murphy still with us. steve, we'll start with you. who is the one person most likely to stand in the way of donald trump's agenda not counting donald trump himself? should be too easy. >> i actually think, and this may surprise you, i think it's paul ryan and the republicans in congress, who probably are going to stand up to him relatively soon. and so i don't really think it's going to require the democrats in the first instance, because i think he's going to have a lot of problems with his own party. >> i think the republican establishment is going to prove to be a thorn in his side on a number of issues. i also think bernie sanders and elizabeth warren, they could prove to be difficult for him. >> who is your nominee to stand up to trump and slow him down or stop him? >> i would say mitch mcconnell and sort of the group of donors who have spent so much money ensuring that american policy was pro-trade, pro-chamber of commerce, sort of republicanism. >> i agree if trump wants to start a trade war or something like that, then mitch and ryan will be a big obstacles.
but somebody is going to audition to be the anti-trump for 2020 politics and i think bernie and elizabeth warren and the democratic caucus and the senate are both going to go for that. >> it's the question about who has the greatest hope of being the focal point of the democratic party. who do you think the single person is who might emerge? >> well, it's early to guess but i think the big dynamics are going to be elizabeth warren and somebody. and the race is going to be, who is gonna be the somebody? that's unclear now. but there's an opportunity. trump is unpopular enough -- ha ha -- understatement of the decade, in the democratic world. out here in california, they're beating their dream catchers into weapons, they're so mad. that's going to be the jump ball to get that slot, the anti-trump ball. that's going to be worth a lot in democratic politics. >> i think it could be -- obviously elizabeth warren and bernie sanders are going to
fight for control of the progressive wing of the party. i think there are a lot of democrats who are looking for new leadershipship. i think some of the up-and-coming stars in our party, who haven't gotten quite as much attention because they've been surrounded by barack obama and the clintons, are now going to be able to break out. >> i think new is imperative. i think we should definitely look towards the senate. i think the incoming female seminars, harris, maggie hassan, very strong. look to them to be a new leader sort of generation of democratic leadership. >> number four here. i think -- i say harris. but more importantly, maybe someone we're not thinking about, because that party needs new leadership. it's going to have some of the progressives, of sanders, warren, but maybe a new, younger face. >> none of you said a businessperson. we saw the head of starbucks stepping down. does anybody think the democratic party's best bet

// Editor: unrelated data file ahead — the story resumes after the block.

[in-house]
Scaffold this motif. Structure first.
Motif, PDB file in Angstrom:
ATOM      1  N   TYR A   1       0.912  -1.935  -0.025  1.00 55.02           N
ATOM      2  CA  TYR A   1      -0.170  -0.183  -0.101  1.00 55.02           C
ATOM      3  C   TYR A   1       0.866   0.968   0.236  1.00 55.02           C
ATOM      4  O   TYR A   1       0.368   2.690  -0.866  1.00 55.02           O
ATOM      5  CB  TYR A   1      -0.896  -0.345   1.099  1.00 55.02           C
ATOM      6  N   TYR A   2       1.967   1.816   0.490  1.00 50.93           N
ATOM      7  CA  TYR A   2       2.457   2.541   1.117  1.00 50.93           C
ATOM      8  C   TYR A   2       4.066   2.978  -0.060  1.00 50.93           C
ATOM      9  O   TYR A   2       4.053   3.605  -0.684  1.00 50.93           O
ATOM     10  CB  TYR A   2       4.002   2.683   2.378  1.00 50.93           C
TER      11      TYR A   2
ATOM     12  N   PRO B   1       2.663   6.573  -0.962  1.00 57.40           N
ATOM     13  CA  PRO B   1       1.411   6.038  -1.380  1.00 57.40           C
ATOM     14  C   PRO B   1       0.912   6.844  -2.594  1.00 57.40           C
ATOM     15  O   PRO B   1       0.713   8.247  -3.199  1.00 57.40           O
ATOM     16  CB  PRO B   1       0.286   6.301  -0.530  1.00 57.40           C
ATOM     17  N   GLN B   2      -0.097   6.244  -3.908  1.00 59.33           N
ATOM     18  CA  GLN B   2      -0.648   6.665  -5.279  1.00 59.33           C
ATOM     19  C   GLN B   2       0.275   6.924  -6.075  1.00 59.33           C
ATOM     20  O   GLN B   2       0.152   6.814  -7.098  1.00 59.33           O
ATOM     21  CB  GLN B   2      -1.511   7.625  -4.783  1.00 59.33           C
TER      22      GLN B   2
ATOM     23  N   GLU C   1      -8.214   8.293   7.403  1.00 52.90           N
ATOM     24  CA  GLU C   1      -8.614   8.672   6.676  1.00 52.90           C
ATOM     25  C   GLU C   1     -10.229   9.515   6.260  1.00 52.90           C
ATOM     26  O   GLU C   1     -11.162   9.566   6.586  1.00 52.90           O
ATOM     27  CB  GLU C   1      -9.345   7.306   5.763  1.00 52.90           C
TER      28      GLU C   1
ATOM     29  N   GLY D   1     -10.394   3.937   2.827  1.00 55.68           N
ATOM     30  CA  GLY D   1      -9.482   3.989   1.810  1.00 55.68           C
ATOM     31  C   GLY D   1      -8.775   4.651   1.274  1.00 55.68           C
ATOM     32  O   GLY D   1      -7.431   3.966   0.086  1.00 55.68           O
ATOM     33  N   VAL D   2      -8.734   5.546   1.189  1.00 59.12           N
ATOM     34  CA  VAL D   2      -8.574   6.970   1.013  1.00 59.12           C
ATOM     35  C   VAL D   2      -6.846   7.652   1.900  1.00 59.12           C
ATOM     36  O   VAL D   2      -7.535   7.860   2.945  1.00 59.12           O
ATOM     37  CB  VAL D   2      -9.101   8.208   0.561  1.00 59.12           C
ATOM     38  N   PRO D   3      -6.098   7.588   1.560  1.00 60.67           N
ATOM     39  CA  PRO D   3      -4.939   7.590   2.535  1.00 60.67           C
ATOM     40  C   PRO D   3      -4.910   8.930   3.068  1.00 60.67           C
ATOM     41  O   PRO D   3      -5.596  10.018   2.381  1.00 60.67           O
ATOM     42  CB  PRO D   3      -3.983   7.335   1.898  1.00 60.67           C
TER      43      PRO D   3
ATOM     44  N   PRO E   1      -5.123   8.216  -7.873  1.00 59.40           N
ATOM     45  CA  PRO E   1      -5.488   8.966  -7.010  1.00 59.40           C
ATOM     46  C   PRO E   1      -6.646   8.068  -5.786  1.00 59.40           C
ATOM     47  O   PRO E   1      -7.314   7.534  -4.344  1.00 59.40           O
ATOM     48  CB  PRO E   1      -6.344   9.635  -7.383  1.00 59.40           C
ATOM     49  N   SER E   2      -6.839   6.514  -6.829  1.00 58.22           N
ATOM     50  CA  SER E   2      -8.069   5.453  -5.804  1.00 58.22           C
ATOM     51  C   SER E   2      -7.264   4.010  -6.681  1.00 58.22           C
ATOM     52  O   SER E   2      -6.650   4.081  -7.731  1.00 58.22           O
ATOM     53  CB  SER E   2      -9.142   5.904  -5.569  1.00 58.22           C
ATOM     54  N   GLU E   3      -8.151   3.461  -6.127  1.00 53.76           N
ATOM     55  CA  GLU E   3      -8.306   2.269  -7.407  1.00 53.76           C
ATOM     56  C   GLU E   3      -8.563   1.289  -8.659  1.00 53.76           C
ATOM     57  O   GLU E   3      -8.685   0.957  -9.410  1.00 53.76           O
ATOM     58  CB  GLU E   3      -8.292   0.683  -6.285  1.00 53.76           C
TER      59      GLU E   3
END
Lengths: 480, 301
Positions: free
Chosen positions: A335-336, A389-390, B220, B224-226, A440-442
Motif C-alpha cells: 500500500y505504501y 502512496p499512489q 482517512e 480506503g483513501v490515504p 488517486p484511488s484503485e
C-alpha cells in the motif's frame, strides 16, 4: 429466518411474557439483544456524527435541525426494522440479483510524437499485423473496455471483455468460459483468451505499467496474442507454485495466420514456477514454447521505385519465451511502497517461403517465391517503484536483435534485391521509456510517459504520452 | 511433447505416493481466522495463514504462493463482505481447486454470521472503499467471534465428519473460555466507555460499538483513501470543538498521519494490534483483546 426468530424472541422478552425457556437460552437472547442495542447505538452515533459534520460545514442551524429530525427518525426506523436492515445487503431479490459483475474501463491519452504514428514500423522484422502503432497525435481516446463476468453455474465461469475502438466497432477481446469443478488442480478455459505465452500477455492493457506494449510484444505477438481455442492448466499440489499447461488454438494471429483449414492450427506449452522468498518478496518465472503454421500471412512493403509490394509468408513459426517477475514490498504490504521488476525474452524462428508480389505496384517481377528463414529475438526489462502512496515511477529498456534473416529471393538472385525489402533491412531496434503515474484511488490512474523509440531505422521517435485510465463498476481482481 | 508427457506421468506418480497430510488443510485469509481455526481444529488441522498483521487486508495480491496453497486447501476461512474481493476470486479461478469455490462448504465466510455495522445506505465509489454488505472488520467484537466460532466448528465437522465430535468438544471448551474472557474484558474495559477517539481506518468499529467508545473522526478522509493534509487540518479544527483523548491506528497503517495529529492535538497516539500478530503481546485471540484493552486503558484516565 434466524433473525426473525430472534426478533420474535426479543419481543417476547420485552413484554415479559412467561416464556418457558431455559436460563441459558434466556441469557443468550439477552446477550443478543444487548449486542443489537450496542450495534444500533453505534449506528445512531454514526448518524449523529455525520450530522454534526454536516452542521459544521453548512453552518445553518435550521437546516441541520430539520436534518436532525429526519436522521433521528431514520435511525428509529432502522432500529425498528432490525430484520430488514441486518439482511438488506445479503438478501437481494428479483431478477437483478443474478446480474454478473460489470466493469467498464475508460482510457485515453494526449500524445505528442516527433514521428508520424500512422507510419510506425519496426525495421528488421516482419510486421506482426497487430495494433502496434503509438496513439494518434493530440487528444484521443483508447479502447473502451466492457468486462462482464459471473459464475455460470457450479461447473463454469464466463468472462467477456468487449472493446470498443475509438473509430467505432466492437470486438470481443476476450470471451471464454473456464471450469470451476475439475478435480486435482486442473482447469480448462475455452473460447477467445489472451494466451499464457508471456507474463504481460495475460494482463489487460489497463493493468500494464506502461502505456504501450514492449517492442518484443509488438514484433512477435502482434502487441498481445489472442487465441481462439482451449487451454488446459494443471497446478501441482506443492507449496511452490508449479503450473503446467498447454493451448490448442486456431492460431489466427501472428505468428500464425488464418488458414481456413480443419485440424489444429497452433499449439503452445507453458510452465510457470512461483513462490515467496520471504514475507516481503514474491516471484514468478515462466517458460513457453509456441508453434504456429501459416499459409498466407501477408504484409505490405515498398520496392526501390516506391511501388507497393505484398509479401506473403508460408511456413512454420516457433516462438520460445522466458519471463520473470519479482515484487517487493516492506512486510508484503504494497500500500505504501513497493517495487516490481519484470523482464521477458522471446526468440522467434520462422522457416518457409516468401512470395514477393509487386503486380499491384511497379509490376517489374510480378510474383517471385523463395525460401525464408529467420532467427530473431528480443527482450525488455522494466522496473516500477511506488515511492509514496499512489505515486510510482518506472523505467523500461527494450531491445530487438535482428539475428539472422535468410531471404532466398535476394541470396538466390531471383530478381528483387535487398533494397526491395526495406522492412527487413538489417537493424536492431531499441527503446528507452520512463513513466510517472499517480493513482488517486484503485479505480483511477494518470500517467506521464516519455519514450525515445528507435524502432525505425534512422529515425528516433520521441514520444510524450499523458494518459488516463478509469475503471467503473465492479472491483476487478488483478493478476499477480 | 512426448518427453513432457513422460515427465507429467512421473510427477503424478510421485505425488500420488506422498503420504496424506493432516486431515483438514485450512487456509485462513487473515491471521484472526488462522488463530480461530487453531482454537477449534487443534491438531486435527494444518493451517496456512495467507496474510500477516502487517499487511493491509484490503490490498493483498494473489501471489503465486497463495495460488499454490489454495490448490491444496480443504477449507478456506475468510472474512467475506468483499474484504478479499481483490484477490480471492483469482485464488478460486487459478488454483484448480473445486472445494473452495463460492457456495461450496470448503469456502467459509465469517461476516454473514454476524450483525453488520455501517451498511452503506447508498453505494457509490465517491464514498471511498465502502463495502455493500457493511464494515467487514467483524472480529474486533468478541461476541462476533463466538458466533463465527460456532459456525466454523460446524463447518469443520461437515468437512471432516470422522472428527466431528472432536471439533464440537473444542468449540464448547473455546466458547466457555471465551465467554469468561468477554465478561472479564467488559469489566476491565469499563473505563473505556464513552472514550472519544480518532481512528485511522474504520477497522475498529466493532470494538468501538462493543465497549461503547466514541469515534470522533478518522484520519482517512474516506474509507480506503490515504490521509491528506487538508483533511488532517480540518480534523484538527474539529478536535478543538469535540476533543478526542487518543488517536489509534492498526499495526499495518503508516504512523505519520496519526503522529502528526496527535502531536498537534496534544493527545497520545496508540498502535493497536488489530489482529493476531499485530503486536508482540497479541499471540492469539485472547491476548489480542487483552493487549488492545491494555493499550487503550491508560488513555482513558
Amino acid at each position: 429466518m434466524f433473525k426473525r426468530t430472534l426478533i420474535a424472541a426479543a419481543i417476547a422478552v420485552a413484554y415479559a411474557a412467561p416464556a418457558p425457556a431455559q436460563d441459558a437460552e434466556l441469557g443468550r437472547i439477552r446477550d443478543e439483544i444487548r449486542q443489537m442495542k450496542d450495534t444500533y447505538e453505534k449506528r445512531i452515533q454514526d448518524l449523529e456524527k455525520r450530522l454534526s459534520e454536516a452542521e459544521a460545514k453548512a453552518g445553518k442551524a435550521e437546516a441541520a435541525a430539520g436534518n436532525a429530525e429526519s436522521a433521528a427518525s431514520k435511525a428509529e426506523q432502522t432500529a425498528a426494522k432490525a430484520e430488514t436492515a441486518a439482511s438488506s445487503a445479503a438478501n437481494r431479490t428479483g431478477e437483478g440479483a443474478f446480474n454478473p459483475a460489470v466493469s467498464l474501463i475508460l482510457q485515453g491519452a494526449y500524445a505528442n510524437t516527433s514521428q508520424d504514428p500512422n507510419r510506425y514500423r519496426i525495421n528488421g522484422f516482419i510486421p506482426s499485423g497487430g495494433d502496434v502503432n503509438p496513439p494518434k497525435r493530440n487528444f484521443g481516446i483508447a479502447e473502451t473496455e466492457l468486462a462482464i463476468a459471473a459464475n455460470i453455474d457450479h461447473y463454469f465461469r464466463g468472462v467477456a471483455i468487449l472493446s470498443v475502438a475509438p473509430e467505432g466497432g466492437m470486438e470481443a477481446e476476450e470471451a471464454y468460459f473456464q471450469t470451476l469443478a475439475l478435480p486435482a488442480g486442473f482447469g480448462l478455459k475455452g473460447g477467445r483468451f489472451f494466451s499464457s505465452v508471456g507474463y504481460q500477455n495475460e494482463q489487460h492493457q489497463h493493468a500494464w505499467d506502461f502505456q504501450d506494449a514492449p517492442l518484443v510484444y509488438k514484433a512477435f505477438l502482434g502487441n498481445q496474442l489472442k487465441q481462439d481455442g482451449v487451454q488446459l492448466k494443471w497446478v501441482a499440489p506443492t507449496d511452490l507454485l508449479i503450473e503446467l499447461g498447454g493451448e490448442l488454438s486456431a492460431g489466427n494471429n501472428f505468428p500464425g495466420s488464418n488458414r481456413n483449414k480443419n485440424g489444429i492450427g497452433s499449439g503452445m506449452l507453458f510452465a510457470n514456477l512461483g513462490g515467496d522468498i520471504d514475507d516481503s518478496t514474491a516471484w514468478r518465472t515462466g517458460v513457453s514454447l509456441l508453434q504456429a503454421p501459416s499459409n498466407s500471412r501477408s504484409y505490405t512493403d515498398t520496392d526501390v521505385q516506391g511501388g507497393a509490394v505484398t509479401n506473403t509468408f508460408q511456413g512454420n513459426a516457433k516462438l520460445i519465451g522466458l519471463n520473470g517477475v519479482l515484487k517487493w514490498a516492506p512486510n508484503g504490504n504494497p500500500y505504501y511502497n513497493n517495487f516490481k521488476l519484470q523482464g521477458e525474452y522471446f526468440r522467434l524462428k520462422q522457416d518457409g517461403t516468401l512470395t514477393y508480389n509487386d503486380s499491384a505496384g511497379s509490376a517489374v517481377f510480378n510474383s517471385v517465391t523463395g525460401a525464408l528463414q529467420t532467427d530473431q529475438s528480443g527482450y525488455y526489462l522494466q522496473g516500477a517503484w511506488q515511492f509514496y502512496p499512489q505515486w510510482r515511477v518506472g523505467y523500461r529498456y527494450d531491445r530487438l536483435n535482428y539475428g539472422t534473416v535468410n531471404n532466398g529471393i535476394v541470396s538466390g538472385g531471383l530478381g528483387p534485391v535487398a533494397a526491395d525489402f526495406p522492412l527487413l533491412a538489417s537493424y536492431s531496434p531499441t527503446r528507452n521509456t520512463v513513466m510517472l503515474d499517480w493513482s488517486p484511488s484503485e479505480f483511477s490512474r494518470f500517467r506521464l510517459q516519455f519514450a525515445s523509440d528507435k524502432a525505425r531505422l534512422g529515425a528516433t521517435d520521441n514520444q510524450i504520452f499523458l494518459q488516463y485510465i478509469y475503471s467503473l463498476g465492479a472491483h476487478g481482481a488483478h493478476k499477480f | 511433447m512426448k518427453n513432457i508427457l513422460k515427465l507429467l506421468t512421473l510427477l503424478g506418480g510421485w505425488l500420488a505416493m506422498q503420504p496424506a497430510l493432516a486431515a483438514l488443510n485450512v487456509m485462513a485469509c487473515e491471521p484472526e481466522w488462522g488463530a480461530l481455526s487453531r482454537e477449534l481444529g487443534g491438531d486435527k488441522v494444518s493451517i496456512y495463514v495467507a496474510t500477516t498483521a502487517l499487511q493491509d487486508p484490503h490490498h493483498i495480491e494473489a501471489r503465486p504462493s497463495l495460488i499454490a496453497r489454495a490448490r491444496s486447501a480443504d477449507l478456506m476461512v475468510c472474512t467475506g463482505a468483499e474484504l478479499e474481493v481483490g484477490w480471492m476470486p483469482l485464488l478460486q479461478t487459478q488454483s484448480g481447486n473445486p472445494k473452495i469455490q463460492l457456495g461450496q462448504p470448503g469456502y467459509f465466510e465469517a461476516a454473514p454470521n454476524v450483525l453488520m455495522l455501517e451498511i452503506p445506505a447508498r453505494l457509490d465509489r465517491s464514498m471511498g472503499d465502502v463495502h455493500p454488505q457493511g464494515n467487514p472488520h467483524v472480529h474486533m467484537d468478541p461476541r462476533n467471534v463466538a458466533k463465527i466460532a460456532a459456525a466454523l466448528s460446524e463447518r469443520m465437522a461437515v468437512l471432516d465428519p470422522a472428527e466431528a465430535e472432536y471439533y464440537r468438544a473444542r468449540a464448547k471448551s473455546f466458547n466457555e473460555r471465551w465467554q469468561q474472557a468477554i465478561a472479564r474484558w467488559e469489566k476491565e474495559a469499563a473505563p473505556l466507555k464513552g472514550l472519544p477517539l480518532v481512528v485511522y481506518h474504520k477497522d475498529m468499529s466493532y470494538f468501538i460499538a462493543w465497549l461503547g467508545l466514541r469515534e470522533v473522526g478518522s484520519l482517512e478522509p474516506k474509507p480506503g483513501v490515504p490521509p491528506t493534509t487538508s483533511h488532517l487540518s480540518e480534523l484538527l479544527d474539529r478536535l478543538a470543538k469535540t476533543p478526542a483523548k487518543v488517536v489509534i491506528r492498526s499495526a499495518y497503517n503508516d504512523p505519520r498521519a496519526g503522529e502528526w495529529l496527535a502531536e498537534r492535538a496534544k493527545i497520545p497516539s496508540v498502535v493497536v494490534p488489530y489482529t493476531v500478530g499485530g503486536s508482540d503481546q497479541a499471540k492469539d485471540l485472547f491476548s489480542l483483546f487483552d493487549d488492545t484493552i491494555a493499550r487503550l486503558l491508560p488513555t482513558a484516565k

might be to fight back with a democratic businessperson? >> i think there's going to be a lot of pressure to do that. because economics is going to be message number one. i think a more conventional model of democrat will be attractive to a wing of the party. but i think ultimately trump's populist message is undenial. there's going to be a deep desire from the grassroots party to have a real fighter. >> he's also that rare businessman who can play off a populist persona. most can't. >> murphy, mark cuban? >> you know, maybe. i think it's interesting to listen to my democratic friends here, because i'm hearing candidates who are very strong in the identity politics wing of the democratic party but that's exactly what got them into trouble this time. who is the young generational populist? maybe it's a cuban. there aren't any democratic governors left. that's the vacuum they've got. they've got to figure out how to solve it and not go back to the same old stuff. >> steve, do you think democrats
need to just basically adopt the mcconnell model of no compromise, no work with trump, just fight, fight, fight on everything, or are there places you think democrats should agree with donald trump? >> i think if he comes forward with an infrastructure bill of the scope he's suggesting, democrats should rush to embrace it. they would be well-advised to fight for the people who are middle class, struggling to make it and want an economy that works for them. if donald trump is willing to put forward a proposal that helps them do that, they should support him and fight him on every single thing than doesn't. >> let's speed through. seminal moment of 2016. >> seminal moment -- now i'm first? i'd rather be fourth on this one. >> can't always get what you want, dude. >> can i talk about it in the media frame? so from my lens, the seminal moment -- there were so many -- is when donald trump gave an